* Will Obama draw any hard lines in big deficit reduction speech? The just-resolved budget fight is now pivoting to an even bigger battle over entitlements and the debt ceiling, and the White House’s announcement yesterday of a big Wednesday speech on the deficit appears to be a bid to seize the initiative in that fight and frame it to the President’s advantage.

The general consensus so far is that Obama will offer a target number for deficit reduction, articulate parameters within which he thinks the negotiations should unfold, and reiterate his call for the tax cuts for the rich to expire. What remains to be seen is how clearly — or whether — he’ll articulate core principles he’s unwilling to budge from and whether he’ll articulate a baseline vision that’s non-negotiable.

Will the President indicate that even if he’s willing to entertain Medicare adjustments, the program’s core mission is sacrosanct — period, full stop — and that any talk to the contrary is a conversation-ender? Will he signal firmly enough that any talks that don’t include tax hikes on the rich are a non-starter? Or will the thrust of the speech merely serve to telegraph a willingness to strive for compromise as a goal for its own sake? At bottom, the question is whether Obama will go on the offensive, or whether the speech will put Dems on a weak footing going into this next battle.

* Did Obama really entertain “major changes” to Social Security? The New York Times explains the White House’s thinking on the defict reduction speech as follows:

Several presidential advisers interviewed in recent weeks said Mr. Obama has been torn between wanting to propose major budget changes to entice Republicans to the bargaining table, including on Social Security, and believing they would never agree to raise revenues on upper-income Americans as part of a deal.

It’s hard to imagine that anyone could conclude that it would be a good idea to signal a willingness to entertain major changes to Social Security at the outset, on the theory that it could induce Republicans to make concessions on tax cuts for the rich. So let’s presume this isn’t an indicator of what’s to come in the speech even in the most general sense.

* Plouffe: Tax hikes must be part of discussion: The closest we’ve seen to a hard line so far is when White House adviser David Plouffe said: “Revenues are going to have to be part of this.”

* Pfeiffer vows stark contrast in visions: Also, with Dems increasingly nervous about how Obama will handle the upcoming battles, White House comm director Dan Pfeiffer promises that Obama’s vision will be “starkly different” from the Ryan vision, and strongly rejects any suggestion that Obama’s philosophy has changed.

* Liberals won’t accept any mushy compromise talk: Also in the above link, a good formulation from Bob Borosage of the Campaign for America’s Future:

“They will expect the president to come out right away and expose how preposterous Ryan’s plan is. It’s bald and brazen and incredibly indefensible, and the president better make that clear.”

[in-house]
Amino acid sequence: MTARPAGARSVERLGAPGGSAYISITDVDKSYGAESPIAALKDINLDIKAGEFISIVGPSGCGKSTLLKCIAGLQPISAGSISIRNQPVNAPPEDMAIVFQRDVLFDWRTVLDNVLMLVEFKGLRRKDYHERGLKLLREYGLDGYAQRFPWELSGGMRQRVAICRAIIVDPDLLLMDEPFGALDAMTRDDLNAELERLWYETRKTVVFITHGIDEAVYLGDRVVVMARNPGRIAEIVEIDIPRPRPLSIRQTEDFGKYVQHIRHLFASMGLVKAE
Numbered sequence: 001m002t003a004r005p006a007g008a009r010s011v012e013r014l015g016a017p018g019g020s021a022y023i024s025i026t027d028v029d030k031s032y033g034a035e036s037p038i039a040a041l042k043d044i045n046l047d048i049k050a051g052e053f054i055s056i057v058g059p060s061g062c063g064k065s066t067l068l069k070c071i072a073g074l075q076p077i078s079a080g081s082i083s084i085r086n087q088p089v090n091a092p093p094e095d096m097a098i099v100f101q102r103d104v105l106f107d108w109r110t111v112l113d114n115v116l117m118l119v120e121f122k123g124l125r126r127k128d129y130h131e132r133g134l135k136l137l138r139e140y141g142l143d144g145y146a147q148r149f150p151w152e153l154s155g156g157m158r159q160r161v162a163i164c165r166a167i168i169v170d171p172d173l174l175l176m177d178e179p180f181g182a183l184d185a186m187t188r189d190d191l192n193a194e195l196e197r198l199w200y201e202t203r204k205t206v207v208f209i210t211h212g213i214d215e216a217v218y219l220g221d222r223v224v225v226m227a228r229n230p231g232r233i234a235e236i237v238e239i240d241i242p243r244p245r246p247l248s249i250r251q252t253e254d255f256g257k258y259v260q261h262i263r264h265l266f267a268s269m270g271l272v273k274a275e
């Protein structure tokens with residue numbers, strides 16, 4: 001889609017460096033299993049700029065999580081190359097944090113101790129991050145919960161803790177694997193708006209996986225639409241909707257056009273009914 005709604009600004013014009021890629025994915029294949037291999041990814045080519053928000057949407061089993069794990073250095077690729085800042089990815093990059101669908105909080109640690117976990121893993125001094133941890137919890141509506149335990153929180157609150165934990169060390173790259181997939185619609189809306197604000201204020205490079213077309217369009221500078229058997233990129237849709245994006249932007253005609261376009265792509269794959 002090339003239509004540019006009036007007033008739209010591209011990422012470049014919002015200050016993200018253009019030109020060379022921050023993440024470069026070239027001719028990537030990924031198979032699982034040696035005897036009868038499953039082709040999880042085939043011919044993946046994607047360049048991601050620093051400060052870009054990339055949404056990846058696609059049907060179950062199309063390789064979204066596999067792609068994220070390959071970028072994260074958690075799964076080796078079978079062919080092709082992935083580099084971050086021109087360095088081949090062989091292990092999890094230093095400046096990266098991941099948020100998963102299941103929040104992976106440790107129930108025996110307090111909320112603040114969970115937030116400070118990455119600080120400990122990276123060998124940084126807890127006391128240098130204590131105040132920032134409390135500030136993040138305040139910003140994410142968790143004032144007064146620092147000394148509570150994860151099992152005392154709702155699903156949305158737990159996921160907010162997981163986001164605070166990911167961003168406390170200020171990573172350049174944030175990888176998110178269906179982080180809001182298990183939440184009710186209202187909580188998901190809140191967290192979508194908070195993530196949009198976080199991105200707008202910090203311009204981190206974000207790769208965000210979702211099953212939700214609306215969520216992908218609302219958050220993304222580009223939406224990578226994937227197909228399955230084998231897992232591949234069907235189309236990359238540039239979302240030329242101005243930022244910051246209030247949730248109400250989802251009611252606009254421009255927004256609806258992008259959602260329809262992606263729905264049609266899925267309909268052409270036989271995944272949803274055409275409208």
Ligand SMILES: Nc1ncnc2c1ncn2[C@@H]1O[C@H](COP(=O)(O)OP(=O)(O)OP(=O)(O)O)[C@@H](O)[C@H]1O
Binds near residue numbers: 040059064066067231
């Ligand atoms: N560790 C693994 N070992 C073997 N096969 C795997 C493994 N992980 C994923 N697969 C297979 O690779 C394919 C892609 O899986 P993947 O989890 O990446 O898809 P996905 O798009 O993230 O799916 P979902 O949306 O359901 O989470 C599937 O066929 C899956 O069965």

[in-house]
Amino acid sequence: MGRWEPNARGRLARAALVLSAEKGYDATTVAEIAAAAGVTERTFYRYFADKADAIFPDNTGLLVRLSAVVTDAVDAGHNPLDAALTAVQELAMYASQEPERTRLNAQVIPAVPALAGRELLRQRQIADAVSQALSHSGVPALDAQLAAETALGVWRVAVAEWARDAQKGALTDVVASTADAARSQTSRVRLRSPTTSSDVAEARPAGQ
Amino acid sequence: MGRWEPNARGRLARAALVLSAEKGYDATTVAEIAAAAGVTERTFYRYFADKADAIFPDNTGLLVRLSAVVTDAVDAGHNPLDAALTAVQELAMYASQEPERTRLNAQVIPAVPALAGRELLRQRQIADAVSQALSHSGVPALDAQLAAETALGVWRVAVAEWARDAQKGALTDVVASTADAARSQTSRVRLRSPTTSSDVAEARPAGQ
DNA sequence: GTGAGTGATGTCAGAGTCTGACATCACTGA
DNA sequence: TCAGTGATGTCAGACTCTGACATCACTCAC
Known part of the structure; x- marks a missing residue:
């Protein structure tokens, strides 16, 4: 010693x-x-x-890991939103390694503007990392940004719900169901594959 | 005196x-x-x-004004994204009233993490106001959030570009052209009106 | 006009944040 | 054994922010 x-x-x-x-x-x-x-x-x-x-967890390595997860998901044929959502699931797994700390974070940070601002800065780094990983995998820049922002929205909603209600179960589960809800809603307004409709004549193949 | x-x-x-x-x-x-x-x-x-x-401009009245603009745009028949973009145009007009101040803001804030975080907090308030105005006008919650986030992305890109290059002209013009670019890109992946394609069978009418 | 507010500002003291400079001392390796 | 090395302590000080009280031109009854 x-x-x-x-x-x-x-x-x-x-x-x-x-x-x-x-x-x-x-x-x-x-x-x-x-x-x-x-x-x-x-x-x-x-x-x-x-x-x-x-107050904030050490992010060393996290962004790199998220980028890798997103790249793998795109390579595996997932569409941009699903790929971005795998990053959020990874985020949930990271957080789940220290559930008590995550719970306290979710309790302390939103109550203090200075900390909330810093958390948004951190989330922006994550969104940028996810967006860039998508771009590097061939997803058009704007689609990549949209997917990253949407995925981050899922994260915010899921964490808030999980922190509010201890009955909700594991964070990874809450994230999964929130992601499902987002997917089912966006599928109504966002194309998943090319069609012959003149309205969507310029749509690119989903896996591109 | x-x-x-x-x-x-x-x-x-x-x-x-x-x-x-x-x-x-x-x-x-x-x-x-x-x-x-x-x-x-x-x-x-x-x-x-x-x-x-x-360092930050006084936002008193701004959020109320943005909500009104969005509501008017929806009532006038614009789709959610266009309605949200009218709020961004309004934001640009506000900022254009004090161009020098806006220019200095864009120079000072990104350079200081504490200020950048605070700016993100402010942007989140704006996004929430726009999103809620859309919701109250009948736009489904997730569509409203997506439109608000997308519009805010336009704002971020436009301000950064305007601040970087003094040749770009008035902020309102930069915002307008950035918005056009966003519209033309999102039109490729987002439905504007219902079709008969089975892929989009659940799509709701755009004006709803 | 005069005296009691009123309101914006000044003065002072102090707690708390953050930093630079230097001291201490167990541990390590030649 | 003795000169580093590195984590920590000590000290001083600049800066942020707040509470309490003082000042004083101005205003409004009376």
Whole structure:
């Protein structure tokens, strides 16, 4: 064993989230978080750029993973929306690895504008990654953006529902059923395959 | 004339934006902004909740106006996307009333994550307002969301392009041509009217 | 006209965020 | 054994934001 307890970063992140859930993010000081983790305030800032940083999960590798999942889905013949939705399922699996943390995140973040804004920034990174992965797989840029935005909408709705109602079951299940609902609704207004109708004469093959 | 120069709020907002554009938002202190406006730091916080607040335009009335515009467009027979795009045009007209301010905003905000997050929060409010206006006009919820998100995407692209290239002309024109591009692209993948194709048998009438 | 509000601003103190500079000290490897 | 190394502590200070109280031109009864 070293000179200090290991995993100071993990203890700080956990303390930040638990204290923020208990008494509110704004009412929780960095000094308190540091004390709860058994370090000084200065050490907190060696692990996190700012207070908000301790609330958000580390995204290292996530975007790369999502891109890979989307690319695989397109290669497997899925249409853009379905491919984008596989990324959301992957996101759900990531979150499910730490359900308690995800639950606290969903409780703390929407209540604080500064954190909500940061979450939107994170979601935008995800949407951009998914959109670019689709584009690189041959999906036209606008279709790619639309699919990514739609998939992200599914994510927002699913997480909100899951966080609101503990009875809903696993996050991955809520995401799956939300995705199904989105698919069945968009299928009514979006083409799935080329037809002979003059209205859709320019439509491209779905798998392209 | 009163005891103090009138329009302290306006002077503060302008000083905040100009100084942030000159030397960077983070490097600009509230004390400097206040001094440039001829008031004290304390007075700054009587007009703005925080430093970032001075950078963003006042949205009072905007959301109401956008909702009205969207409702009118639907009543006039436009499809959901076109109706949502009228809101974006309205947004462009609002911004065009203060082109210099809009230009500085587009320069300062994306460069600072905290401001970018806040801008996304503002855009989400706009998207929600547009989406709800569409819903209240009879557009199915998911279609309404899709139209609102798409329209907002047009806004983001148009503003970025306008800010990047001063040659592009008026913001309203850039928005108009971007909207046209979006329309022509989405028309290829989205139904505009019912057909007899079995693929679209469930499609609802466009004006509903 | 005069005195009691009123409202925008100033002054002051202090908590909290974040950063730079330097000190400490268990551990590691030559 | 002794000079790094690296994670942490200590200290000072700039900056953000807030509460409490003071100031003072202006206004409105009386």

* But Cantor predicts Obama will “capitulate” in spending battles to come: The House Majority leader, on Fox News Sunday, says the debt ceiling fight will serve as “one of those leverage moments, a time when the President will capitulate to what the American people want.”

Relatedly, Cantor also draws a line against tax hikes, claiming the debate over that topic was already “settled” when Obama presided over a deal on temporary extensions of the tax cuts for the rich.

* Boehner reiterates Medicare is next target: Relatedly, the House Speaker says the budget fight is only a jumping off point for the main event to come: The battle to realize Paul Ryan’s Medicare proposal, which Boehner calls a “powerful buleprint for economic growth and fiscal responsibility.”

The coordinated push by the two top House Republicans to pivot from their previous victory to the next fights to come signal that the Dem willingness to fight out the spending wars mostly on GOP turf is only emboldening Republicans further.

* Obama’s “adult in chief” posture is not enough: E.J. Dionne says it’s time for the president to defend government and to declare that there will be no negotiations with people who threaten to shut it down:

For Obama, it is not good enough to cast himself as the school principal scolding competing congressional gangs. He needs the courage to defend the government he leads. He needs to declare that he will no longer bargain with those who use threats to shut down the government or force it to default on its debt as tools of intimidation. We’re all a bit weary of Obama telling everyone to be grown-ups, but this would be the grown-up thing to do.

* Obama won’t negotiate with himself: A senior adminstration official assures a skeptical Jonathan Cohn that Obama won’t cede any ground to Ryan in his speech.

Also note Cohn’s friendly reminder:

Ryan has proposed something truly radical. He wants to end Medicare and Medicaid as we know it, while taking health insurance away from 30 million people.

This requires a big response from the President.

* And is Paul Ryan the foil Obama badly needs? Glenn Thrush on why it would be in Obama’s interests to run hard against the GOP’s budget point man and his plan to end Medicare as we know it, giving Obama an antagonist he has thus far lacked. And note Paul Begala's interesting simile:

“I hope every Republican in Congress signs on to the Republican plan to kill Medicare, because we will beat ‘em like a bad piece of meat.”

That’s assuming, of course, that Obama is going to take the gloves off.

What else is happening?